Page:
This is the final essay in a three part series, including Habit Startups and Building a Habit Startup.
Startups that build a product attached to nascent behaviors have an opportunity to form habits before anyone else. First mover advantage matters. Once a habit is formed, it’s difficult to change leading to sustained competitive advantage.
In order to mine for yet untapped opportunities, I began to observe my own behaviors and those of people around me:
How is my daily routine different than last year?
What new behaviors have I seen amongst my social circles (online and off)?
How are “normals” engaging with technology in new ways?
Here are some of the nascent behaviors I’ve observed:
Gamification of Life - Have you noticed how different teens and pre-teens use social networks? From my observations following my younger cousins and other’s writing on the topic, younger audiences are in constant competition with one another, using Instagram, Facebook, and other platforms as a game. Teens perceive follower counts, likes, and other forms of social currency seriously, directly prompting others to reciprocate.
Diverse Media Expression - In 2009, the primary form of self-expression online was in text via the “status update”. Today we see a variety of mediums used to express oneself: stylized photos on Instagram, micro-videos on Vine, animated GIFs on Cinemagram, ephemeral pics on Snapchat, anonymous photo-captions on Whisper, doodles on MessageMe, and so on. MessageMe, recent addition to the booming mobile messaging market, has embraced this behavioral shift, enabling users to communicate through photos, video, voice, music, location, and (my personaly favorite) doodles within a single experience. This behavioral shift is emphasized in Mary Meeker’s recent 2013 Internet Trends Report (see slide 16).
24/7 Asynchronous Messaging - Mobile messaging apps are blowing up and for some, become the primary form of communication. These experiences are not simply a replacement to traditional SMS, a communication protocol primarily designed for one-to-one messaging. This new breed of apps are designed for one-to-many communication as group chats organically form amongst friends, family, and colleagues. In doing so, a single message is broadcasted to not one, but many people, amplifying spread and instigating further communication more than ever before. These little devices in our pocket become a chatterbox of discussion, connecting us more frequently than ever before.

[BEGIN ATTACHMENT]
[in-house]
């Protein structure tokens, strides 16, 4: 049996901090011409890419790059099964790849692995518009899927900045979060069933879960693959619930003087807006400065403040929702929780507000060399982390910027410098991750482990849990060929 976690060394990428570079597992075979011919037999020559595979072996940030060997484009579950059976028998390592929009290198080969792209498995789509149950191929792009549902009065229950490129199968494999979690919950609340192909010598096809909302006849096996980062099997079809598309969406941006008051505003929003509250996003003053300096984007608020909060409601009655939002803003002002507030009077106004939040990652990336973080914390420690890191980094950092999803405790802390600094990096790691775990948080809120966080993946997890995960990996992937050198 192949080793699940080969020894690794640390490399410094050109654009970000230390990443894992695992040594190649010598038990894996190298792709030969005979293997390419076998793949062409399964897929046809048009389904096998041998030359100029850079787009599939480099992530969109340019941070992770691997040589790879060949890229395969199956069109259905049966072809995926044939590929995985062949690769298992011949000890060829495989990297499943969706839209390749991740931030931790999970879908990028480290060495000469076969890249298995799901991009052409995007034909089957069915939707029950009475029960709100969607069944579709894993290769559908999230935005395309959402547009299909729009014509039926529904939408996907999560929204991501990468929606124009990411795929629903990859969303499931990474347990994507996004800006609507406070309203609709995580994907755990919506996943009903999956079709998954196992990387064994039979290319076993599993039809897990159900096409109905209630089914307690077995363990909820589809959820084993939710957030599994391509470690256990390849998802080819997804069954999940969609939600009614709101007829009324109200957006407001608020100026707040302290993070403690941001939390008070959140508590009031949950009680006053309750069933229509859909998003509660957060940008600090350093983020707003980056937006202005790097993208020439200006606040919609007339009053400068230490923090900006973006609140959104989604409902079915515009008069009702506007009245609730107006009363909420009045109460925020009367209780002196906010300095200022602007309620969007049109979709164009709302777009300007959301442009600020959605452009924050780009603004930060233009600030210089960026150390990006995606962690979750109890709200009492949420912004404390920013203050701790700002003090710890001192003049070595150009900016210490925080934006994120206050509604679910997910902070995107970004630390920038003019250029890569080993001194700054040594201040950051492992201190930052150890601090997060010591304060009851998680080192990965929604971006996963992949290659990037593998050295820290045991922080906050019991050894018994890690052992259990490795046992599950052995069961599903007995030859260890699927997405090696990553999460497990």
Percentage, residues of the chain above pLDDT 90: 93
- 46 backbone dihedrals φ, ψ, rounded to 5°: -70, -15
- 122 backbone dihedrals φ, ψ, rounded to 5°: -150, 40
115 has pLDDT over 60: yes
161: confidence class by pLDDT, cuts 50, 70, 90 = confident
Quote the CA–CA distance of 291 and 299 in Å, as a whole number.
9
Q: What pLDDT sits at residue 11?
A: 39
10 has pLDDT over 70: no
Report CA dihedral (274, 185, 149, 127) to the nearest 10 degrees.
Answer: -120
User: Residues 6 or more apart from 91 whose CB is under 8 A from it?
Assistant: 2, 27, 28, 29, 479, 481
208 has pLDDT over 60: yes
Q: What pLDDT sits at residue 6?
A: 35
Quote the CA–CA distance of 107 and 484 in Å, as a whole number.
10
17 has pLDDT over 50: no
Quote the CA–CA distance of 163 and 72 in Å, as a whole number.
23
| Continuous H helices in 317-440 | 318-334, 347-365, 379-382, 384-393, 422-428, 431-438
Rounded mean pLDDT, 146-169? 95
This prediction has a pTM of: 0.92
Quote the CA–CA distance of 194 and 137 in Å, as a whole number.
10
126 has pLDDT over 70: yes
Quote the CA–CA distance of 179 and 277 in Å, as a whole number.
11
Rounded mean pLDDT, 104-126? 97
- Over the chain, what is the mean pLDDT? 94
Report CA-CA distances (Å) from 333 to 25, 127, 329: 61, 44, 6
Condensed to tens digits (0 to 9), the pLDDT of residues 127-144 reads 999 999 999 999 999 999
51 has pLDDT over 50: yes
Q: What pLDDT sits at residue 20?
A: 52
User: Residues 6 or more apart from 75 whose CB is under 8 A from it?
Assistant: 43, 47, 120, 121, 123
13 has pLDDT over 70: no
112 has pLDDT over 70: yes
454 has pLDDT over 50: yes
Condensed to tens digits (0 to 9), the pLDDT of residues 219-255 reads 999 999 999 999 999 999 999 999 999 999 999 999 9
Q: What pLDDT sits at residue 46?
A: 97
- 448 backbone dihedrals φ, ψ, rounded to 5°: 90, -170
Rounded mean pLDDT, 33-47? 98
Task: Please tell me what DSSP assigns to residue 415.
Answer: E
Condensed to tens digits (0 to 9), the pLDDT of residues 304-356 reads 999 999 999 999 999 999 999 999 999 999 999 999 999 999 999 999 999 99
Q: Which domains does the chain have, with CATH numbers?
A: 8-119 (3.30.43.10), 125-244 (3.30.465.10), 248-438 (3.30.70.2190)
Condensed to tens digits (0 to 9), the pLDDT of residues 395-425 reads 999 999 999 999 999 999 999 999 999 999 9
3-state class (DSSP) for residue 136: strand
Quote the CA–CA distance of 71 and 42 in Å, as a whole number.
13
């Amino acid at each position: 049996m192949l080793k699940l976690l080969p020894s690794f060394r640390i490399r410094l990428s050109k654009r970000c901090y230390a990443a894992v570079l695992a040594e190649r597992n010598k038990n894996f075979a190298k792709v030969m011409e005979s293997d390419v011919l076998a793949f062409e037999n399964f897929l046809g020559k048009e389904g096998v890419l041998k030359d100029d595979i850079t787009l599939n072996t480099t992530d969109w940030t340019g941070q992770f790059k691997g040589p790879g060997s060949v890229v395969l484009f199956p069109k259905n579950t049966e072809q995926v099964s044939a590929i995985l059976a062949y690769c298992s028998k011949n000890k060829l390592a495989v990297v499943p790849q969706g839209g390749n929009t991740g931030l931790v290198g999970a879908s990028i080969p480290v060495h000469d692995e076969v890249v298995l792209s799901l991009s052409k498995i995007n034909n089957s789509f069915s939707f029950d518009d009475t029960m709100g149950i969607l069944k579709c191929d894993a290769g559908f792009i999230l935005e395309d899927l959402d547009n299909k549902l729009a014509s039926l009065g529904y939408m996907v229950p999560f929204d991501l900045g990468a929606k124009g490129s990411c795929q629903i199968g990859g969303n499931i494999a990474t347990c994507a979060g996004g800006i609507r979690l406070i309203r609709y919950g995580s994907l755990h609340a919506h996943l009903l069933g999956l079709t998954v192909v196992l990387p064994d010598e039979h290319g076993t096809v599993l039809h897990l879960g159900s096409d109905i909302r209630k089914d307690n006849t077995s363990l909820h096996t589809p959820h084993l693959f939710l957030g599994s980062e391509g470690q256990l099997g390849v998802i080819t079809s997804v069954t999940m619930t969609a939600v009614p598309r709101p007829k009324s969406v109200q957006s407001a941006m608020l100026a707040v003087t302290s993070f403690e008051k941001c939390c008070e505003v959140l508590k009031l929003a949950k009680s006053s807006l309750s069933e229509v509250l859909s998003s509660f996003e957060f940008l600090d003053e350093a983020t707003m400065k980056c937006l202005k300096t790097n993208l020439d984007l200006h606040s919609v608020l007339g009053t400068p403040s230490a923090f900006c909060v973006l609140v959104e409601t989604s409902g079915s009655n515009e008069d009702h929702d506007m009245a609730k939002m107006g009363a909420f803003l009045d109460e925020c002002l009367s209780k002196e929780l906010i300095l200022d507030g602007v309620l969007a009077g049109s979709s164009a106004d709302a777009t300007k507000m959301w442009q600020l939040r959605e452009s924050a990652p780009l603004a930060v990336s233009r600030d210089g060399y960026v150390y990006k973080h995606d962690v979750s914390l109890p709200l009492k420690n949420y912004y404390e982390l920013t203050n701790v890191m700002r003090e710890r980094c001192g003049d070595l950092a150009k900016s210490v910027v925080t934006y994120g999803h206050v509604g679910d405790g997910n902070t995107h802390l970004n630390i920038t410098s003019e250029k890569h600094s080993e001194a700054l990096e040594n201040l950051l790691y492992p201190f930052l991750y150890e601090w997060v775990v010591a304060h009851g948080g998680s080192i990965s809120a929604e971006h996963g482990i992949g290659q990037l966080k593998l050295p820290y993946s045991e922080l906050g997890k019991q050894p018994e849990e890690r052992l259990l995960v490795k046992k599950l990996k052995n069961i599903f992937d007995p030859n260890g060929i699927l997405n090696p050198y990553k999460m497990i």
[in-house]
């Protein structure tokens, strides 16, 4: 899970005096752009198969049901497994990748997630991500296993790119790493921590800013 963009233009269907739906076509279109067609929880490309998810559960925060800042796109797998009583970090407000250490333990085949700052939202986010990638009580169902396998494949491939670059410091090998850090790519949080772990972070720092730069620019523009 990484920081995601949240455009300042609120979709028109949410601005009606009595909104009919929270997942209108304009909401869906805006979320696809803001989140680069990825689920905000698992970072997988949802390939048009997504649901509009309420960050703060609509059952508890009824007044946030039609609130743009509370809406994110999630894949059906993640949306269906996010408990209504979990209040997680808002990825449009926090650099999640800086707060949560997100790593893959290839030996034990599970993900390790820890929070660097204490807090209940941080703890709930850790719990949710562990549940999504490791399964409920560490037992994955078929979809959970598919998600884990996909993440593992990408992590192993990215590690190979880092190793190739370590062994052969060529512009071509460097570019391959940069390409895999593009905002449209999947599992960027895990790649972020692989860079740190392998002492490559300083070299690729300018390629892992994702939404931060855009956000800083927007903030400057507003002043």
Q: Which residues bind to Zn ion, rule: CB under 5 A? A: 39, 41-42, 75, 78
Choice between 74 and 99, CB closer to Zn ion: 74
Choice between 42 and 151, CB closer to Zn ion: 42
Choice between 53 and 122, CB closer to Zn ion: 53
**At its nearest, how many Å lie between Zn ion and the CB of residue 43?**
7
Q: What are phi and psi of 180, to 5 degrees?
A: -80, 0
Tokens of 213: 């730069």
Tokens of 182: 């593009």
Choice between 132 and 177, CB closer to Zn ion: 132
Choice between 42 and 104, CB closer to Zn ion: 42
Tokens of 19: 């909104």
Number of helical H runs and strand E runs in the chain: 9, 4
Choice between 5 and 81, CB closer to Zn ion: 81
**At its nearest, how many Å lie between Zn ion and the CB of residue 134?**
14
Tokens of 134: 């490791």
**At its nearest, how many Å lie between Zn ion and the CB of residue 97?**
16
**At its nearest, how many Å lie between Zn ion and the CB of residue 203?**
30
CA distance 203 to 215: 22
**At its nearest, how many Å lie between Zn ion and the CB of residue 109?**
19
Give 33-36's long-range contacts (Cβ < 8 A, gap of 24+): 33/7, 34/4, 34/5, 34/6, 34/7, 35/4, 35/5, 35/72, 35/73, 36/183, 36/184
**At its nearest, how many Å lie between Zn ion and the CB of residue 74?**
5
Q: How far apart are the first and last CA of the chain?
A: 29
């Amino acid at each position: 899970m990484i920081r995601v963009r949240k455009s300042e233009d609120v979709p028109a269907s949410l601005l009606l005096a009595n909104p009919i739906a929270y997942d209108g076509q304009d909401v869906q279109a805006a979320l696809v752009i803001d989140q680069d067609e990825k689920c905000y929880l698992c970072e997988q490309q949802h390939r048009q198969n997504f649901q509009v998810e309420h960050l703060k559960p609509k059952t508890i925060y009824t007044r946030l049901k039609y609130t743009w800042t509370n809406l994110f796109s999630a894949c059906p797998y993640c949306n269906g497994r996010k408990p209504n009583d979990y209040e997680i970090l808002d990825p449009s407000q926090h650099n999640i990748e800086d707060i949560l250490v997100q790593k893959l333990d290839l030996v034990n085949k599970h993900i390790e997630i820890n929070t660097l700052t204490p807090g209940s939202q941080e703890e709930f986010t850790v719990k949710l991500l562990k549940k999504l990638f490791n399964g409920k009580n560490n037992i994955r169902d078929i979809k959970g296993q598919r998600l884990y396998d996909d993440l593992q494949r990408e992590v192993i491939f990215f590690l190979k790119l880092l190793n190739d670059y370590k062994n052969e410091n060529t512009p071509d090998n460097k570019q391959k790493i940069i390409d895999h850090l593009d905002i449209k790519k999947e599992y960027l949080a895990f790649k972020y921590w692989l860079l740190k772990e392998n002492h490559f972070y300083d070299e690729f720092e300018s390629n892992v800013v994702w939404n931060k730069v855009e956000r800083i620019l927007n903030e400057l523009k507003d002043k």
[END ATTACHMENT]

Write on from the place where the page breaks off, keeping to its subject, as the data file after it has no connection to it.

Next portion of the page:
Microtransactions - Far from new, the growing adoption of microtransactions in mobile gaming will continue to bleed into other markets. As friction is removed and the behavior becomes routine, new opportunities will emerge. We’re seeing this in content publishing as startups like Flattr and CentUp attempt to benefit from this change.
Second Screens - Second screen usage is becoming the norm. In a study by Business Insider, more than 80% of 18 to 24-year-olds reported using their phone while watching TV. I see this in my own behavior as well as I context switch back-and-forth between the TV and my phone.
Lightweight Reciprocation - The “like” has had a tremendous influence on the web and our connectedness between one another. Nearly every social product has some form of lightweight interaction to give users a quick way to acknowledge each other’s contributions with little cognitive overhead. This is becoming increasingly prevalent as we “favorite” a tweet, “heart” an Instagram photo, and “like” a Facebook post. As a result, more signals of reciprocation are triggered, re-engaging users. But do these lightweight interactions lead to less meaningful interactions and thoughtful engagement? Are we conditioning people to interact mindlessly?
I find that I am most creative and insightful when consciously observing human behavior. Observe yourself. Observe others. Seek anomalies. You never know what insights you might find.
What nascent behaviors do you see? Let me know on Twitter (@rrhoover).
P.S. Sign up for my email list and get a free copy of the upcoming book, Hooked, by habit-design researcher and blogger, Nir Eyal, in collaboration with myself. You’ll dig it. :)
This essay originally appeard on NirAndFar.com.
Photo credit: Lettuce